After a childhood split between Spain and Southern California, Micah graduated from the California Institute of Technology with a degree in applied physics and then spent nine years teaching science and math in Shanghai, China. In Shanghai, he was involved with a local amateur astronomy group, served as the director of the school’s astronomical observatory, and he volunteered for the city’s subway system. Coming back to the U.S. in 2014, Micah was drawn to OVS for its family-like atmosphere, wide-range of co-curricular activities, and high standards for academic achievement. Micah and his wife live on campus along with their three daughters.
When I’m not in classroom, I can be found
Walking around the dorms, in my office, or up on the hills behind the school, blazing a trail.
Favorite thing to do with resident students
Every semester, during final exams, we pick one day to get the barbecue out during study hall. After everyone’s been studying hard for 2 hours, we’ll cook hot dogs, play music, chat, and just relax a little bit before more studying. It’s a nice break.
Most memorable OVS camping experience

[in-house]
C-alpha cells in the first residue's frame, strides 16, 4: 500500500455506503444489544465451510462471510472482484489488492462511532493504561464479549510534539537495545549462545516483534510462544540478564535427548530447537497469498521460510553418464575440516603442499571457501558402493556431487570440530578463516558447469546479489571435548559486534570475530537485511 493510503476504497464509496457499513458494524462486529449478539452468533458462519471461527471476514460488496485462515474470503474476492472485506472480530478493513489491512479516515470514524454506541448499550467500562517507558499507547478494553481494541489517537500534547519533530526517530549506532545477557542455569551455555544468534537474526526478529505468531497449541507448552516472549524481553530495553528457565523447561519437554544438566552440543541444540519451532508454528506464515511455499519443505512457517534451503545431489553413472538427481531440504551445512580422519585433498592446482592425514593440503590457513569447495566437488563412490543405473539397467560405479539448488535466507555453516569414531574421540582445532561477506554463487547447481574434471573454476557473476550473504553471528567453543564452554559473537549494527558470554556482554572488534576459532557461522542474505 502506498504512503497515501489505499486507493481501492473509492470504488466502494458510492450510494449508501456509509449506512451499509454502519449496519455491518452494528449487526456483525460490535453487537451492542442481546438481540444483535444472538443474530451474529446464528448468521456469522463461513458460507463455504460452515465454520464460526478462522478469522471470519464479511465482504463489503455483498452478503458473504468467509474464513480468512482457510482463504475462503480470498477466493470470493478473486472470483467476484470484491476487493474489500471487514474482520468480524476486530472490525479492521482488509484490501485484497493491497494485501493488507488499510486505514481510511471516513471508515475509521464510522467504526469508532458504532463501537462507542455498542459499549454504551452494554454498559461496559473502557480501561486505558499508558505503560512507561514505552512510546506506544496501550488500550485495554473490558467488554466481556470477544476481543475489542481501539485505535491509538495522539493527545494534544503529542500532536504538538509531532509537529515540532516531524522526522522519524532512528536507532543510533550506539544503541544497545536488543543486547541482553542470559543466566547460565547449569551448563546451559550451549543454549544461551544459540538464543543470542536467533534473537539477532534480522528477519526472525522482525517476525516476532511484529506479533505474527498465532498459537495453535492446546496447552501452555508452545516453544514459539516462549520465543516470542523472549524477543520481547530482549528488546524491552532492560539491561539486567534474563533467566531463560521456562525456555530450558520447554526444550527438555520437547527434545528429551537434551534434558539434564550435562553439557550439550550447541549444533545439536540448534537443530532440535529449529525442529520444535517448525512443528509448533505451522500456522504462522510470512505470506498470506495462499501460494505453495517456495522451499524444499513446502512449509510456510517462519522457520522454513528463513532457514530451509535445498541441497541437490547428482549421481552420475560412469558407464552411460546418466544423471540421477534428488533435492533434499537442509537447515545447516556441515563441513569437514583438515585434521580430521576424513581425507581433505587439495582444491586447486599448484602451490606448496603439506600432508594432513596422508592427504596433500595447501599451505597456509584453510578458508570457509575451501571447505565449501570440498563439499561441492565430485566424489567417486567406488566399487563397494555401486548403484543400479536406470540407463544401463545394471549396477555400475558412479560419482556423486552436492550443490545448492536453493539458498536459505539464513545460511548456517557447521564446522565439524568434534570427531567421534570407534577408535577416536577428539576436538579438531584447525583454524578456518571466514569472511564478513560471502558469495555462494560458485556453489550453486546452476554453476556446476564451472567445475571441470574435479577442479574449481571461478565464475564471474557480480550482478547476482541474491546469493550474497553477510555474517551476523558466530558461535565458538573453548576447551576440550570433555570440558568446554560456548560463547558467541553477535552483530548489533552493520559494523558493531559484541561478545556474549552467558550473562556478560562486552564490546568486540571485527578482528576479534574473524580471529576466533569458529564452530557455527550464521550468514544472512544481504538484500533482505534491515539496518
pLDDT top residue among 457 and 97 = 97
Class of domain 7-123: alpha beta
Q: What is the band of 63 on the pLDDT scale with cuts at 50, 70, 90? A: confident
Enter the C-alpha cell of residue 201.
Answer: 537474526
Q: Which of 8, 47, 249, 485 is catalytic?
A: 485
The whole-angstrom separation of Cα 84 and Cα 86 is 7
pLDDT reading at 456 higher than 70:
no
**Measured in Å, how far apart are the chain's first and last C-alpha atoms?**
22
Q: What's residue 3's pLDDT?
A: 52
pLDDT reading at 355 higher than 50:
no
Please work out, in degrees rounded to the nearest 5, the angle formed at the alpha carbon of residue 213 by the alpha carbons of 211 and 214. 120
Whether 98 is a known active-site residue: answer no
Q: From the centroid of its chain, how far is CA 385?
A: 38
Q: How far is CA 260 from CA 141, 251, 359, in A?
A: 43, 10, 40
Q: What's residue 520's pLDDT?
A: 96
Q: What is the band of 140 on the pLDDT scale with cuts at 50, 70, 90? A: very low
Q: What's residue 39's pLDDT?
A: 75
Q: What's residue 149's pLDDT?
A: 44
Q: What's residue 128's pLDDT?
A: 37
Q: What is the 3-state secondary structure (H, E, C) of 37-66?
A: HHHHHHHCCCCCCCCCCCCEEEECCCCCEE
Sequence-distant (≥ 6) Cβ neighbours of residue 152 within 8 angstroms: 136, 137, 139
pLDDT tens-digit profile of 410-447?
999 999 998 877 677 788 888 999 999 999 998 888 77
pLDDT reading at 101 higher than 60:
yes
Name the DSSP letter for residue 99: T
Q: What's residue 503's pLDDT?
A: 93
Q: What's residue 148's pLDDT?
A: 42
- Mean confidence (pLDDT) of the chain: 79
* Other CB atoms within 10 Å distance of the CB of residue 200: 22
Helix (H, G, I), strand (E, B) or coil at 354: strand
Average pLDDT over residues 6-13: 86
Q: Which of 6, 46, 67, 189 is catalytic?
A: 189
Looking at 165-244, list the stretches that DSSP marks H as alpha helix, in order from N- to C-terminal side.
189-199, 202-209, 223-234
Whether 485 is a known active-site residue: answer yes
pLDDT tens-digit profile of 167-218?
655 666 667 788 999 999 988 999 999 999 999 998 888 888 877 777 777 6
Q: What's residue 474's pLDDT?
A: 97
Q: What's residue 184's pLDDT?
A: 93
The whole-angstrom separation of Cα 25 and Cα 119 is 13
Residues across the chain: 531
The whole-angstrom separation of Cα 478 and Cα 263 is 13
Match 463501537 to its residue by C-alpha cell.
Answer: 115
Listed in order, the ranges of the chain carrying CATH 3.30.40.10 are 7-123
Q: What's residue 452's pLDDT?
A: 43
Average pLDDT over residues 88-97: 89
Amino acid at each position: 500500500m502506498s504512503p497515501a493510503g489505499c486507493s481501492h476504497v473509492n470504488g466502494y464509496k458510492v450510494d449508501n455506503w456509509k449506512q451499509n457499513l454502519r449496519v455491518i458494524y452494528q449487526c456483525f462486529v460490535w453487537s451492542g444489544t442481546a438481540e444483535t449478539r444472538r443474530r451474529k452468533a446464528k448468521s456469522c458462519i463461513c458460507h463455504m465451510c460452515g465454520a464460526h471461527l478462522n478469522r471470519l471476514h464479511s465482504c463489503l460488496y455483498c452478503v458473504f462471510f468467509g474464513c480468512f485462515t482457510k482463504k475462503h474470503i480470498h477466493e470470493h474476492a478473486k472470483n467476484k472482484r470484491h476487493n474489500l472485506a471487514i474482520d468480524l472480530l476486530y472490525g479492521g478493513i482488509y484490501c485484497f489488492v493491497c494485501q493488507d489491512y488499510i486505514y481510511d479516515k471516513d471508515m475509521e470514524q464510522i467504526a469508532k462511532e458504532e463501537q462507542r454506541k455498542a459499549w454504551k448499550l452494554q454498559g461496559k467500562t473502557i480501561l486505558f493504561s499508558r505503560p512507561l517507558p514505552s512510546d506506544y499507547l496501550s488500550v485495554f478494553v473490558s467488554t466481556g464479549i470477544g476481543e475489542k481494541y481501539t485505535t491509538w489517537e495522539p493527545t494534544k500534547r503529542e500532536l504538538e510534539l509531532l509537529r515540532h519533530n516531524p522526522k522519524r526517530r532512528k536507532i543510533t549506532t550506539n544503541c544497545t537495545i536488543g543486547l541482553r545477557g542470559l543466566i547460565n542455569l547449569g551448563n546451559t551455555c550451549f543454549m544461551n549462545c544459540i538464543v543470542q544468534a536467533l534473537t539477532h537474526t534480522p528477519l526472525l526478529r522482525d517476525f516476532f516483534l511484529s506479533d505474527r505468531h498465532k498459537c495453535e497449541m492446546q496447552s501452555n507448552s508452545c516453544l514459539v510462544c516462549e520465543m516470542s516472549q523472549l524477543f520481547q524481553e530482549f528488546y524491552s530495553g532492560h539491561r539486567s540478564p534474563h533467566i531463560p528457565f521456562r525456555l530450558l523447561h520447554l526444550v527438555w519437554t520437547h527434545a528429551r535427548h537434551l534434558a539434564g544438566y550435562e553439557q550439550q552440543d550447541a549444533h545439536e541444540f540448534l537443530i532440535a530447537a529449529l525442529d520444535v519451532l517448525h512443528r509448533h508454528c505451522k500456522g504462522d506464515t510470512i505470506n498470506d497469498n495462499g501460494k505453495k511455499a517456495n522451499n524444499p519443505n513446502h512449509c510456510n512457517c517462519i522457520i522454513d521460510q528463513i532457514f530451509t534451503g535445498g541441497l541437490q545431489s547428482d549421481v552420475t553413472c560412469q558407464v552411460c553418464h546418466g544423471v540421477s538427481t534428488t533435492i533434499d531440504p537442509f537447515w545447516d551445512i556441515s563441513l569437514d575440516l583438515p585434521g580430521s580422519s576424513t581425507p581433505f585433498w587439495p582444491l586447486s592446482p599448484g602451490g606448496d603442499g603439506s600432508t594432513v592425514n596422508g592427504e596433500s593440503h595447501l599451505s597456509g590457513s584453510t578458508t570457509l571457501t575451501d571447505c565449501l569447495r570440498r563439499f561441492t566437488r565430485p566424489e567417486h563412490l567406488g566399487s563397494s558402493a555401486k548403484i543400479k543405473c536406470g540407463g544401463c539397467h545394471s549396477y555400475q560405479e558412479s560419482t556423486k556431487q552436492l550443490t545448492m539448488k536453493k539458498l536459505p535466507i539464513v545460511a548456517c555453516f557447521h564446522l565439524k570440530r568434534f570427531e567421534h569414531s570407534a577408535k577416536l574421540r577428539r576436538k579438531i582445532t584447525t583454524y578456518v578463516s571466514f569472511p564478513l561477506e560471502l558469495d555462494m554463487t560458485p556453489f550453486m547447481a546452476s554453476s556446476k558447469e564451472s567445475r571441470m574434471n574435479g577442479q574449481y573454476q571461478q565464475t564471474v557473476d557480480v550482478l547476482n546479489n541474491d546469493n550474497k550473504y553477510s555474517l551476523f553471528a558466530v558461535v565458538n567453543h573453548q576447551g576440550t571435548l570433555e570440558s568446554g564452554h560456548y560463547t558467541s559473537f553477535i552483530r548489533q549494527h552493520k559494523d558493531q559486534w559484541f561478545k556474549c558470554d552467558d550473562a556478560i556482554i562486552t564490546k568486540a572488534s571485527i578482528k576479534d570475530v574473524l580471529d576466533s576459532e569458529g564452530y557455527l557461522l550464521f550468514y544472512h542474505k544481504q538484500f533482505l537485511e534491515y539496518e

A few years ago, we went up to Sierra Nevada as a whole school, all of us in one campground. Seeing all the classes mixing together, seeing the younger kids — some of whom had never been camping before — learning from older kids was great. And also going to Anza Borrego last year, when we went to the hot springs.
One thing students don’t know about me
I speak fluent Spanish!
My favorite lesson is at end of the year, after the AP Physics exams, where we look at gender representation in the field of professional physics. If students take my class, they probably have an interest in a career in science, so it’s something they’ll soon start living in their professional lives. If you’re a woman, you’ll start dealing with pressure to leave science for many reasons. For the guys, it really challenges their ideas of gender roles and the differences. So it’s a really memorable unit.
Why I teach physics
Of all the sciences, physics makes the most sense and ties in the most with our daily practical experiences. It also goes the furthest in exploring what happens at the tiniest level of nature inside an atom, and also the largest scale of what happens in the universe. It’s a field that has the most to explore, the most boundaries to push.